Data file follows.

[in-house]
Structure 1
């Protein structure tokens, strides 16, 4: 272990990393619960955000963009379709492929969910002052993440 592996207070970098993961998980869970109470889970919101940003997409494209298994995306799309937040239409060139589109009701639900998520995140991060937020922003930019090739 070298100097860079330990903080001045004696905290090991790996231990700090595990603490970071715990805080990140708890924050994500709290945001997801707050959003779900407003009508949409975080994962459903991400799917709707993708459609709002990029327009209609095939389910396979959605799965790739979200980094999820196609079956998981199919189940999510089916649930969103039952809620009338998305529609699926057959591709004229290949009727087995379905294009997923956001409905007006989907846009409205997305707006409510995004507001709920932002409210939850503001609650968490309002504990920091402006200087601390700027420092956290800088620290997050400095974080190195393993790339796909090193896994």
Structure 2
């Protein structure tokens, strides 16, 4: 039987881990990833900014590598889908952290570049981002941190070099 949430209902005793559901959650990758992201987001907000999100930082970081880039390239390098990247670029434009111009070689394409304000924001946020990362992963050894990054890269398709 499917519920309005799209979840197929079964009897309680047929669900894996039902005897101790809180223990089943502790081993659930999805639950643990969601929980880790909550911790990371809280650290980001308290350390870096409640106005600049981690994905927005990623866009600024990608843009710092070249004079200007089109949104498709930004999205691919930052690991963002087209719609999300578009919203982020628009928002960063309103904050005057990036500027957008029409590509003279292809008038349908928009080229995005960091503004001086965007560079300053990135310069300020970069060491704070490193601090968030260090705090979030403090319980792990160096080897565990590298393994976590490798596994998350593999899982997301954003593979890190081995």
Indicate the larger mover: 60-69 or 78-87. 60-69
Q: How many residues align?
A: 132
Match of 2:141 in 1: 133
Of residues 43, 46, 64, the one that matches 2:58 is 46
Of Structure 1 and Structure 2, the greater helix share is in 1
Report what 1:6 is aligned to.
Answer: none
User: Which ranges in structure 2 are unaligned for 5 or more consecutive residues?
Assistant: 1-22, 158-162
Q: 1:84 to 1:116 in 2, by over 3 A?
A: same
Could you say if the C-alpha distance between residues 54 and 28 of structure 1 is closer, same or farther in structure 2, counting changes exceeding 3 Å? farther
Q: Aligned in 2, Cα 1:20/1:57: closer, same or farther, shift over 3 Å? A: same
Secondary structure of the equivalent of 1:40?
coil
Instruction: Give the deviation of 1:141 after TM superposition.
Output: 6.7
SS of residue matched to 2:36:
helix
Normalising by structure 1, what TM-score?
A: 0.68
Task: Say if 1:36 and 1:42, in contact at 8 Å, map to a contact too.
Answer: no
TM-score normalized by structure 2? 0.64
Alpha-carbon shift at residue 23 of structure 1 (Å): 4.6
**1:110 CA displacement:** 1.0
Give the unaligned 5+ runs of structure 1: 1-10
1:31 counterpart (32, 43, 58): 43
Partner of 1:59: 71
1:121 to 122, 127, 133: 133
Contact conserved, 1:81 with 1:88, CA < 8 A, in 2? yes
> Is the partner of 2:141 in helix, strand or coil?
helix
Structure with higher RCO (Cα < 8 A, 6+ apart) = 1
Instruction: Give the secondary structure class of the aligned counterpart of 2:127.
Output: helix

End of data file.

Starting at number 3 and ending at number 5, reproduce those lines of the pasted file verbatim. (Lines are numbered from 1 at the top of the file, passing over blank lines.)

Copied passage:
């Protein structure tokens, strides 16, 4: 272990990393619960955000963009379709492929969910002052993440 592996207070970098993961998980869970109470889970919101940003997409494209298994995306799309937040239409060139589109009701639900998520995140991060937020922003930019090739 070298100097860079330990903080001045004696905290090991790996231990700090595990603490970071715990805080990140708890924050994500709290945001997801707050959003779900407003009508949409975080994962459903991400799917709707993708459609709002990029327009209609095939389910396979959605799965790739979200980094999820196609079956998981199919189940999510089916649930969103039952809620009338998305529609699926057959591709004229290949009727087995379905294009997923956001409905007006989907846009409205997305707006409510995004507001709920932002409210939850503001609650968490309002504990920091402006200087601390700027420092956290800088620290997050400095974080190195393993790339796909090193896994």
Structure 2
């Protein structure tokens, strides 16, 4: 039987881990990833900014590598889908952290570049981002941190070099 949430209902005793559901959650990758992201987001907000999100930082970081880039390239390098990247670029434009111009070689394409304000924001946020990362992963050894990054890269398709 499917519920309005799209979840197929079964009897309680047929669900894996039902005897101790809180223990089943502790081993659930999805639950643990969601929980880790909550911790990371809280650290980001308290350390870096409640106005600049981690994905927005990623866009600024990608843009710092070249004079200007089109949104498709930004999205691919930052690991963002087209719609999300578009919203982020628009928002960063309103904050005057990036500027957008029409590509003279292809008038349908928009080229995005960091503004001086965007560079300053990135310069300020970069060491704070490193601090968030260090705090979030403090319980792990160096080897565990590298393994976590490798596994998350593999899982997301954003593979890190081995």